Auctor nominis eius Christus Tiberio imperitante per procuratorem Pontium Pilatum supplicio adfectus erat; repressaque in praesens exitiabilis superstitio rursum erumpebat, non modo per Iudaeam, originem eius mali, sed per urbem etiam, quo cuncta undique atrocia aut pudenda confluunt celebranturque.

Christus, from whom the name derived, while Tiberius was emperor suffered at the hands of the procurator Pontius Pilate the death sentence, and, suppressed for the moment, the harmful superstition broke out again, not only in Judea, the place of origin for the evil, but even in the city in which all kinds of atrocious or shameful things from everywhere converge and come into vogue.

Carlson derives virtually every detail in Tacitus from the Testimonium of Josephus, emphasizing that the standard by which to judge the parallels must not be outright literary dependence:

However, literary dependence is a very high standard, almost akin to finding plagiarism, but this level is inappropriately strict for identifying the sources of historians who rewrite their source material.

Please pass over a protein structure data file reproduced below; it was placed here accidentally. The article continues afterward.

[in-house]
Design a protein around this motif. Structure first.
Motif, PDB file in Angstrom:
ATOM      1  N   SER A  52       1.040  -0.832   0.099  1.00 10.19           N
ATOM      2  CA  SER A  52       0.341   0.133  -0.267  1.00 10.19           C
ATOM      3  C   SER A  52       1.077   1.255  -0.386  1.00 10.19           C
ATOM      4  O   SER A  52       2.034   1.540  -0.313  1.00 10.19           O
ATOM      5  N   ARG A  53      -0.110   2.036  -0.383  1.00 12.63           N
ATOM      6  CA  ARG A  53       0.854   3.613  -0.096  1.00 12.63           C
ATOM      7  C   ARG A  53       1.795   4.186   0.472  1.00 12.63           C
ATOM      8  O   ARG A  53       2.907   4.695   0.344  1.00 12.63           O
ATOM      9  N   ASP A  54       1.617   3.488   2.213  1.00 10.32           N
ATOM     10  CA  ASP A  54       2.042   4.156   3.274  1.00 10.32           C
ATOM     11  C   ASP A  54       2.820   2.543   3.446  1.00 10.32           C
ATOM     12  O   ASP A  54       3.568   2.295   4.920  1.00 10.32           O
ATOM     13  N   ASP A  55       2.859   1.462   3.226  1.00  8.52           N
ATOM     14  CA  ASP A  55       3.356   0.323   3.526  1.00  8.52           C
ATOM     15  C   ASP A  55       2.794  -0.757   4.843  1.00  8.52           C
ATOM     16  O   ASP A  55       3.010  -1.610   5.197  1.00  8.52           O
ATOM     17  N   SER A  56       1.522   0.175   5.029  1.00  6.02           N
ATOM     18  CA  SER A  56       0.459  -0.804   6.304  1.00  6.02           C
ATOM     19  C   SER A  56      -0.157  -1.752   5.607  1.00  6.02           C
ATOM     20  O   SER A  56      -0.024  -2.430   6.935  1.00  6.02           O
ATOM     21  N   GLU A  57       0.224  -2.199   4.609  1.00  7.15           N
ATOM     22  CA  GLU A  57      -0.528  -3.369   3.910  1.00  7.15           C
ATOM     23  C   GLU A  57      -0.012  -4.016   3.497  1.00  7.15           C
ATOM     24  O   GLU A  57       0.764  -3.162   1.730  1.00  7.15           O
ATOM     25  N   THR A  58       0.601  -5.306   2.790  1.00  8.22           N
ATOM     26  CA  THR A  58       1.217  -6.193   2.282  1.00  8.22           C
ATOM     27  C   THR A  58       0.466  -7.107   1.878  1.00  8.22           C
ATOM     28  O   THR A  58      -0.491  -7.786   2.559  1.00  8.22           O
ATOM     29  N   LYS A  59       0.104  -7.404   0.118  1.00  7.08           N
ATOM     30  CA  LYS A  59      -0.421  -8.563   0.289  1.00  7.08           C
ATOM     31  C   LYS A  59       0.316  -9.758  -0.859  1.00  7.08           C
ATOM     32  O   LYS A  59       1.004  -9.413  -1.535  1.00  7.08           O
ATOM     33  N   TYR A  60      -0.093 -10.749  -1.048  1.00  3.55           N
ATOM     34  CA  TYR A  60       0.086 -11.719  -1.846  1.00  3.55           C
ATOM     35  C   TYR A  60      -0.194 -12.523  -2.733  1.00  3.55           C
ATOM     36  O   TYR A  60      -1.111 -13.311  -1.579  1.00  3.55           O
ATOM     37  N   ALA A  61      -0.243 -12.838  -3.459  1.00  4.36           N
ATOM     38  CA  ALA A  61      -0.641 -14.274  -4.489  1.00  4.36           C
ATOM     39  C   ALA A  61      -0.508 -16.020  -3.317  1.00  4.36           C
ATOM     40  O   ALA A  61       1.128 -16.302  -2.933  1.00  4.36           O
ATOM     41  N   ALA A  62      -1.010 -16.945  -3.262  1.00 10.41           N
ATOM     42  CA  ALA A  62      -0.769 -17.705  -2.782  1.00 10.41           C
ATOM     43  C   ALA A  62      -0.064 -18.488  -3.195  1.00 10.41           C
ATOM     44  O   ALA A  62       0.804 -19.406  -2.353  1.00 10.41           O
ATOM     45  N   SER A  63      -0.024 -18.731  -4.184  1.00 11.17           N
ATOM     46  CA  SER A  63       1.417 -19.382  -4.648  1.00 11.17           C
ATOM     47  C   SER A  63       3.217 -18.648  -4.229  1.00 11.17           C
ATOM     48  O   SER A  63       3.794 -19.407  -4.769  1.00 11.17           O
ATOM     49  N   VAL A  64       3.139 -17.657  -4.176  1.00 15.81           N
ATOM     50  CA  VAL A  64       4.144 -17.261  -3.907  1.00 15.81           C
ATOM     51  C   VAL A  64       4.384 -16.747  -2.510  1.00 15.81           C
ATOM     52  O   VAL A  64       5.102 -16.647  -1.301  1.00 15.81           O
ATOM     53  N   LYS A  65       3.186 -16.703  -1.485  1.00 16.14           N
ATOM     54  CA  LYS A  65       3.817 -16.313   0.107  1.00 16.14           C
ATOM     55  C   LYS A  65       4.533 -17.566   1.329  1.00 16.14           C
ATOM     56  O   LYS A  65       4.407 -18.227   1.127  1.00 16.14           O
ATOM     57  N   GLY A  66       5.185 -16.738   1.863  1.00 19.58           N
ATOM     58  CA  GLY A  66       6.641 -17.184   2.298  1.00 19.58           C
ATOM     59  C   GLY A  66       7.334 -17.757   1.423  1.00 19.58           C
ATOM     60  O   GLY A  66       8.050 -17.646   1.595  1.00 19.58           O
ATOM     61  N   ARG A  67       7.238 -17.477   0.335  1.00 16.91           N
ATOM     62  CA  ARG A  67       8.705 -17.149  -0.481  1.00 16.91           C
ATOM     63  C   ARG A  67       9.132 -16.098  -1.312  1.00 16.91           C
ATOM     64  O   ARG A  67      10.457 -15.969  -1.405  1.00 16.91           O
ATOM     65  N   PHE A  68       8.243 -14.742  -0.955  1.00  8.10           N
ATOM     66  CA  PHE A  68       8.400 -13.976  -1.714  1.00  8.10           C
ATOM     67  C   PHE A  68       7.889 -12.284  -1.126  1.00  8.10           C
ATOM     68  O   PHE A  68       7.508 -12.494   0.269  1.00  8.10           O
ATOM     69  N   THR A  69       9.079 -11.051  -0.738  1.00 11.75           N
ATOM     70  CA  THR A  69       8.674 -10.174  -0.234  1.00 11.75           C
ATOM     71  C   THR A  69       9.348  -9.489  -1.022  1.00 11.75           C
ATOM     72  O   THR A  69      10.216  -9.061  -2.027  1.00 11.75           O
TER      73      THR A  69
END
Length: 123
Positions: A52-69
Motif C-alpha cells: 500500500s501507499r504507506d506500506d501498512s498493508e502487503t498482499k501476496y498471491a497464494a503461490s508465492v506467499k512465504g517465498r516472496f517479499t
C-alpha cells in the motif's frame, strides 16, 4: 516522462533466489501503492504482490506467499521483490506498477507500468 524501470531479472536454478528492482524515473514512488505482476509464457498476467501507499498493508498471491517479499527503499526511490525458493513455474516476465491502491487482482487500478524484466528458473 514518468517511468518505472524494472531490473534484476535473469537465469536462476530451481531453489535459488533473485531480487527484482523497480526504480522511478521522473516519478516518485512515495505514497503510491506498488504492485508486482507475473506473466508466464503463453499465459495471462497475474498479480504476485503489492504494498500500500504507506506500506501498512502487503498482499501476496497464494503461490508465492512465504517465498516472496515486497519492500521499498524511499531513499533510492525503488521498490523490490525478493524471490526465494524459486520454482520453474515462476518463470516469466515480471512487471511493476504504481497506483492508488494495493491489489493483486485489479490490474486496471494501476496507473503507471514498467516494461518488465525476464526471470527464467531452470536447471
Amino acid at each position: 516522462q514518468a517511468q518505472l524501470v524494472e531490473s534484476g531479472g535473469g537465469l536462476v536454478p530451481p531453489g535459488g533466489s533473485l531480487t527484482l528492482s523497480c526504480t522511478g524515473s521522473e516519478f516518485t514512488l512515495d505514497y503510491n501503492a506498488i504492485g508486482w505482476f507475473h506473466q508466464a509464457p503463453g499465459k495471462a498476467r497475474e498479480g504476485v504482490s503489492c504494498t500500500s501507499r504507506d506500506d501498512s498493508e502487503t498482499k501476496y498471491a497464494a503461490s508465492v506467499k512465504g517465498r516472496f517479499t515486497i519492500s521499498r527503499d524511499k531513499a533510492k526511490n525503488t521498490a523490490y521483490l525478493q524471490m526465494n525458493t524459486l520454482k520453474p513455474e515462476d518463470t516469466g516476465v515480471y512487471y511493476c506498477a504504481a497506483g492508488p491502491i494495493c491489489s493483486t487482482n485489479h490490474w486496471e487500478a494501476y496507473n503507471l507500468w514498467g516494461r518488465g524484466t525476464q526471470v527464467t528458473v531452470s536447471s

For it is often urged that Tacitus must have gotten his information about the origins of Christianity from an otherwise unknown source. The synoptic table below, however, will demonstrate the distinct possibility of what Carlson proposes, that Tacitus learned about Christian origins from Josephus:

Tacitus, Annals 15.44.
Continuous text.
Josephus, Antiquities 18.3.3 §63-64.
Noncontinous text.
 
 
Auctor nominis eius
 
Christus
 
Tiberio imperitante

per procuratorem Pontium Pilatum
supplicio adfectus erat
;
 
repressaque in praesens
 
 
exitiabilis superstitio
 
 
rursum erumpebat,
 
non modo per Iudaeam,
originem eius mali,
 
sed per urbem etiam
quo cuncta undique atrocia
aut pudenda confluunt celebranturque.

Christus,
 
 
from whom the name derived,